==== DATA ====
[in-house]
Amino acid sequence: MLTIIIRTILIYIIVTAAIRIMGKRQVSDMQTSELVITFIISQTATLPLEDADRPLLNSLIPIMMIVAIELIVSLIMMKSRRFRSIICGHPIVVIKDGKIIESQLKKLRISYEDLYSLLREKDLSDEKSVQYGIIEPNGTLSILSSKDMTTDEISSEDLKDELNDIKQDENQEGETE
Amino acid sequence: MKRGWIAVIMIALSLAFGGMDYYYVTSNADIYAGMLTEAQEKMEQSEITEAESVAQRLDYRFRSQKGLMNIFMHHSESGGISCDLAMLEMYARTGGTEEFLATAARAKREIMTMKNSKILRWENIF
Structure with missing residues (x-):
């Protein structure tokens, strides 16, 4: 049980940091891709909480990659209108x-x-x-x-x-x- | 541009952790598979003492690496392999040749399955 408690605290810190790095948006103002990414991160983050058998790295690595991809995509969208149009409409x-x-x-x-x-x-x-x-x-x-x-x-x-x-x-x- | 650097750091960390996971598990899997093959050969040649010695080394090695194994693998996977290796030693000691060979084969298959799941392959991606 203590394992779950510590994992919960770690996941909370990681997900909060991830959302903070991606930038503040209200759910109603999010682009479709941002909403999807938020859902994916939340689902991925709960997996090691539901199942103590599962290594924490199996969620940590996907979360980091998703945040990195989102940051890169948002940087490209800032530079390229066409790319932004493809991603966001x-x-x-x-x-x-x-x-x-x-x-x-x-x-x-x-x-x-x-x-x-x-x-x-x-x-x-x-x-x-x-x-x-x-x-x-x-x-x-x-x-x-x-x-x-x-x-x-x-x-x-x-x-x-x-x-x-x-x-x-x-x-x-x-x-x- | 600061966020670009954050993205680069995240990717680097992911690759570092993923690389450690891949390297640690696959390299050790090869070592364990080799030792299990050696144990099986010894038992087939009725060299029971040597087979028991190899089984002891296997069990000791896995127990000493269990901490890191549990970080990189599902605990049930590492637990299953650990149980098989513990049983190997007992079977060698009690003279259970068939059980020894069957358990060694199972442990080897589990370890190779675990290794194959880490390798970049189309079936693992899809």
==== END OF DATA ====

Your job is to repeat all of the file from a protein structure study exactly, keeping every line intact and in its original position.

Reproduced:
[in-house]
Amino acid sequence: MLTIIIRTILIYIIVTAAIRIMGKRQVSDMQTSELVITFIISQTATLPLEDADRPLLNSLIPIMMIVAIELIVSLIMMKSRRFRSIICGHPIVVIKDGKIIESQLKKLRISYEDLYSLLREKDLSDEKSVQYGIIEPNGTLSILSSKDMTTDEISSEDLKDELNDIKQDENQEGETE
Amino acid sequence: MKRGWIAVIMIALSLAFGGMDYYYVTSNADIYAGMLTEAQEKMEQSEITEAESVAQRLDYRFRSQKGLMNIFMHHSESGGISCDLAMLEMYARTGGTEEFLATAARAKREIMTMKNSKILRWENIF
Structure with missing residues (x-):
């Protein structure tokens, strides 16, 4: 049980940091891709909480990659209108x-x-x-x-x-x- | 541009952790598979003492690496392999040749399955 408690605290810190790095948006103002990414991160983050058998790295690595991809995509969208149009409409x-x-x-x-x-x-x-x-x-x-x-x-x-x-x-x- | 650097750091960390996971598990899997093959050969040649010695080394090695194994693998996977290796030693000691060979084969298959799941392959991606 203590394992779950510590994992919960770690996941909370990681997900909060991830959302903070991606930038503040209200759910109603999010682009479709941002909403999807938020859902994916939340689902991925709960997996090691539901199942103590599962290594924490199996969620940590996907979360980091998703945040990195989102940051890169948002940087490209800032530079390229066409790319932004493809991603966001x-x-x-x-x-x-x-x-x-x-x-x-x-x-x-x-x-x-x-x-x-x-x-x-x-x-x-x-x-x-x-x-x-x-x-x-x-x-x-x-x-x-x-x-x-x-x-x-x-x-x-x-x-x-x-x-x-x-x-x-x-x-x-x-x-x- | 600061966020670009954050993205680069995240990717680097992911690759570092993923690389450690891949390297640690696959390299050790090869070592364990080799030792299990050696144990099986010894038992087939009725060299029971040597087979028991190899089984002891296997069990000791896995127990000493269990901490890191549990970080990189599902605990049930590492637990299953650990149980098989513990049983190997007992079977060698009690003279259970068939059980020894069957358990060694199972442990080897589990370890190779675990290794194959880490390798970049189309079936693992899809």